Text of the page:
Firstly, GHHA and community partners have worked to sustain significant leadership and advocacy for local community interests over the longer-term. In order to generate the necessary recognition as to the scale of the ‘slum housing crisis’ in Govanhill, GHHA along with community partners – Govanhill Law Centre and Crosshill & Govanhill Community Council – petitioned the Scottish Parliament’s Petition Committee in 2008. The Petition ran to 2011 and influenced Scottish Government legislation aimed at empowering local authorities to deal with private rental housing problems – the Housing (Scotland) Act 2010 and the Private Rented Housing (Scotland) Act 2011. In the process, it has established an active working relationship between the community sector/community, Glasgow City Council (GCC) and the Scottish Government on the local housing crisis; one that has channelled £18m of state funding into Govanhill’s tenements over the last six years – more on this partnership below.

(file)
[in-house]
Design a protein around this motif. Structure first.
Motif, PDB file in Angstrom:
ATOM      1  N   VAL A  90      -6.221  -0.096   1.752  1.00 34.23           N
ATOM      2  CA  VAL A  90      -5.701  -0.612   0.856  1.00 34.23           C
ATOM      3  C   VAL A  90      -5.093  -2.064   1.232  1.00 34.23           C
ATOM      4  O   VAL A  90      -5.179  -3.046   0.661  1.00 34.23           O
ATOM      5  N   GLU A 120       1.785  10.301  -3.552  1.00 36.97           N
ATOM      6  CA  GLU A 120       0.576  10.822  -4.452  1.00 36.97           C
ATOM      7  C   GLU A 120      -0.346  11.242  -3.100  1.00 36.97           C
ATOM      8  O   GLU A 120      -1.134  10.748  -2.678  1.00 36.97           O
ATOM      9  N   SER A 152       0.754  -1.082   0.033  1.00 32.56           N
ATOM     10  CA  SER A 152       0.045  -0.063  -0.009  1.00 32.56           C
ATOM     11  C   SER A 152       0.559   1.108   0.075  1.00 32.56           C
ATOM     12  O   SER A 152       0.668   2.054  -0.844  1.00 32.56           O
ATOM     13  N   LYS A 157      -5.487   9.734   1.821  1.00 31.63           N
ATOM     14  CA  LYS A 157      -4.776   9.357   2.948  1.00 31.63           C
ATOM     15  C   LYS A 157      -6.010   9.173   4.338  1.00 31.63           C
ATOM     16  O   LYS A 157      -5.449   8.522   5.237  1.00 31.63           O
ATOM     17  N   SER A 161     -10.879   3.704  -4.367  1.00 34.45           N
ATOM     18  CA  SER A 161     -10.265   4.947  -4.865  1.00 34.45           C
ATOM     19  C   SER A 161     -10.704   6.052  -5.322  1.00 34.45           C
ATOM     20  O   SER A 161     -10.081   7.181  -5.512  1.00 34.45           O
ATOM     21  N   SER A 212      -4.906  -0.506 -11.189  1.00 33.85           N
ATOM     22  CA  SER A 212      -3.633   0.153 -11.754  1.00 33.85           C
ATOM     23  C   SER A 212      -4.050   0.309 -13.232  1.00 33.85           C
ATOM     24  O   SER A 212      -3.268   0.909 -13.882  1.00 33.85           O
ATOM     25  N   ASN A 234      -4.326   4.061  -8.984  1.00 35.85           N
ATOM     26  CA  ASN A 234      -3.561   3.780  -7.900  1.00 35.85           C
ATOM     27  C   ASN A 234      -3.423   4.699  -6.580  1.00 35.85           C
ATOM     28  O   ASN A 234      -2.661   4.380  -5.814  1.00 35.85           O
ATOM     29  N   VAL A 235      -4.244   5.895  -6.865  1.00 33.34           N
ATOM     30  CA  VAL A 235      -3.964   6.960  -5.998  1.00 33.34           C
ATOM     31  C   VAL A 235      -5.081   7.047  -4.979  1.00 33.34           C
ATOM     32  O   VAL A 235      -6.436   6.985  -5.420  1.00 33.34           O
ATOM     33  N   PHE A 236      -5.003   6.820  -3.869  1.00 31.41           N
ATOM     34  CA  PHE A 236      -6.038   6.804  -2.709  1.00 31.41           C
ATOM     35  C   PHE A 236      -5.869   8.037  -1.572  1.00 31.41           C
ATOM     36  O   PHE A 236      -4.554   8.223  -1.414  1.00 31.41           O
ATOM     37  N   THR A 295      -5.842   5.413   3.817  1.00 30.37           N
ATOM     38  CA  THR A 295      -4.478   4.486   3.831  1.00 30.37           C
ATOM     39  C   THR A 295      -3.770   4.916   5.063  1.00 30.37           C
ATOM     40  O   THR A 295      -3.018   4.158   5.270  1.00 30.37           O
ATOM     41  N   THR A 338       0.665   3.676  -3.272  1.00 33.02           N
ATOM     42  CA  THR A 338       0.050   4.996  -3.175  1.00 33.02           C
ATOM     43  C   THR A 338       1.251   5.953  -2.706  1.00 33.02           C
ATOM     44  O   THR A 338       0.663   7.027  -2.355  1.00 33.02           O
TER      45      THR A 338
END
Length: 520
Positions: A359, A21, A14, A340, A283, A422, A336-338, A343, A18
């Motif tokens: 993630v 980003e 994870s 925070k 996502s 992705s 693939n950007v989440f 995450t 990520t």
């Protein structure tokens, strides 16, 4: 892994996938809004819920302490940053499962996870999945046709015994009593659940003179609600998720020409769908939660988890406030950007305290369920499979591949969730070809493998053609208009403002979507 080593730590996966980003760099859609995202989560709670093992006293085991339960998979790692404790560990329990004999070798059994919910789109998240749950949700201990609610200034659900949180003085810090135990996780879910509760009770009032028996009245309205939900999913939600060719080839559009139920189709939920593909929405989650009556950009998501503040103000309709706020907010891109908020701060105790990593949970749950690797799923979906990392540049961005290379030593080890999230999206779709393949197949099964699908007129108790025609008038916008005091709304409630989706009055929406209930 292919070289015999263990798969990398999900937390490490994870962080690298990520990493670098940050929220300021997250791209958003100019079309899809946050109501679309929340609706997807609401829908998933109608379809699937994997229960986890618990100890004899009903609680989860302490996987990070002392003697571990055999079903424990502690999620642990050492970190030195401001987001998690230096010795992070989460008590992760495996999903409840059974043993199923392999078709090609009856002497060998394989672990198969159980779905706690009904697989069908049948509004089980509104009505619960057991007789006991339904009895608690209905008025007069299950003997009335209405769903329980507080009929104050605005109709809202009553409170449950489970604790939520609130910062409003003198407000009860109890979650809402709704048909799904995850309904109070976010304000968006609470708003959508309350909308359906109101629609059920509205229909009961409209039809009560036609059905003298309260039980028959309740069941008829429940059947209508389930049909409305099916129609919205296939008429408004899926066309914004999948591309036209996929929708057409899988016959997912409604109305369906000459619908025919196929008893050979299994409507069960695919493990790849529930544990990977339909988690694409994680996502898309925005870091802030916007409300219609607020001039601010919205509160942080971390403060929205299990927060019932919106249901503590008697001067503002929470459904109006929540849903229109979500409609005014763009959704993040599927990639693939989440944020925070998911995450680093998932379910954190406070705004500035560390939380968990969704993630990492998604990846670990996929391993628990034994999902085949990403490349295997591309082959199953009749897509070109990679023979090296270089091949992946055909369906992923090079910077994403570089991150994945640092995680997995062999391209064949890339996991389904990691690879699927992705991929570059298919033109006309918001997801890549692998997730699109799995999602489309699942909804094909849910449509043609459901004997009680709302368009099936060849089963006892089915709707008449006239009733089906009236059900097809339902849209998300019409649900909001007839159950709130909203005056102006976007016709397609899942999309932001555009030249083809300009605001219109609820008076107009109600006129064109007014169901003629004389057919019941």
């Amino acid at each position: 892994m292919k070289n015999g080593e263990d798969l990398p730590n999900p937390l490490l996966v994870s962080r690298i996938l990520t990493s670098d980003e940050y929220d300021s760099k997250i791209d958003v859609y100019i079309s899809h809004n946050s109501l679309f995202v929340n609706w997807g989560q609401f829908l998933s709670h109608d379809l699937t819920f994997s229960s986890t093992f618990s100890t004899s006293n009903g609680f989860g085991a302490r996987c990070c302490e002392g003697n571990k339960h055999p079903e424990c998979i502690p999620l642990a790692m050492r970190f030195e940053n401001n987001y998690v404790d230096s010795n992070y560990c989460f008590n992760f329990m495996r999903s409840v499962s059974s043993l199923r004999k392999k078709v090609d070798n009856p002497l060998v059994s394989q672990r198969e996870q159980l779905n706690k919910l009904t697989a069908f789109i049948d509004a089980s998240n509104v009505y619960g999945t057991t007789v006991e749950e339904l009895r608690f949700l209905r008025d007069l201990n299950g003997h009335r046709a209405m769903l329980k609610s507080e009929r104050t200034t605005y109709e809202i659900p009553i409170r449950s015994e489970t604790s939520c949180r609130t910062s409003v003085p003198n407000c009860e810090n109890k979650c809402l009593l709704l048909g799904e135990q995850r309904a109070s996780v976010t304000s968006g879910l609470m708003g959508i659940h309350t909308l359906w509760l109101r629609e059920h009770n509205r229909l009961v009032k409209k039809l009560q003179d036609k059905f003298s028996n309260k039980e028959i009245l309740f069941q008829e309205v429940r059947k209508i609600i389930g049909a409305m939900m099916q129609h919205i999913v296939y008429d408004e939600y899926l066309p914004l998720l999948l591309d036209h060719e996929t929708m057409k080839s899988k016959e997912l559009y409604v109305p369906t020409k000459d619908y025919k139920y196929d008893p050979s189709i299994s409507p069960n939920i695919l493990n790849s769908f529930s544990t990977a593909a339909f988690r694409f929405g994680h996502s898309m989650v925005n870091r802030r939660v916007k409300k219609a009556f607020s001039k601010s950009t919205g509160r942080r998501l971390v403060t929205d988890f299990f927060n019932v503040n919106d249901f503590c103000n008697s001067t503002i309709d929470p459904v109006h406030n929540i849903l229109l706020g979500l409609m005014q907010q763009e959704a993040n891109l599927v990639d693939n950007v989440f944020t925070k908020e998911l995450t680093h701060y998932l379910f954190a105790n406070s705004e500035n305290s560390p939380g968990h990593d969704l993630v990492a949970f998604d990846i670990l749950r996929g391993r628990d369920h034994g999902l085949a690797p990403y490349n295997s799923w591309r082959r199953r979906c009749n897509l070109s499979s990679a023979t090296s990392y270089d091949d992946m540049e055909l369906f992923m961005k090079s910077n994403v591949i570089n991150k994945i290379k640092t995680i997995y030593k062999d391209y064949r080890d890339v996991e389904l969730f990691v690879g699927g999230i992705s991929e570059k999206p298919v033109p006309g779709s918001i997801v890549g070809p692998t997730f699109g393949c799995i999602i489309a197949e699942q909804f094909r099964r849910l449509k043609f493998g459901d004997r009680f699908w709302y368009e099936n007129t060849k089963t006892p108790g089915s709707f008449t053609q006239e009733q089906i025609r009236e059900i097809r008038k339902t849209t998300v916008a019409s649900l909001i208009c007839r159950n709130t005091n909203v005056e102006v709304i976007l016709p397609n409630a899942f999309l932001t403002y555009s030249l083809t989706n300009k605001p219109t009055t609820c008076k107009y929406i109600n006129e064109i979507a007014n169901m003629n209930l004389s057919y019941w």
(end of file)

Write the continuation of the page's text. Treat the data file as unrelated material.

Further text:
Such a sustained community leadership and advocacy has been enhanced by the formation in 2010 of Govanhill Community Action (GoCA) as a forum for the growing number of community organisations and groups, and which could ‘represent’ the diversity of local community interests. Further, a growing range of self-advocacy groups and initiatives have developed including: Romano Lav (‘Roma Voice’) for the Slovak Roma community supported by Oxfam Scotland; resident and tenant groups supported by GHHA; and a wider matrix of community organisations and groups working with the diversity of local people – across ages, ethnicities, faiths, tenures and gender.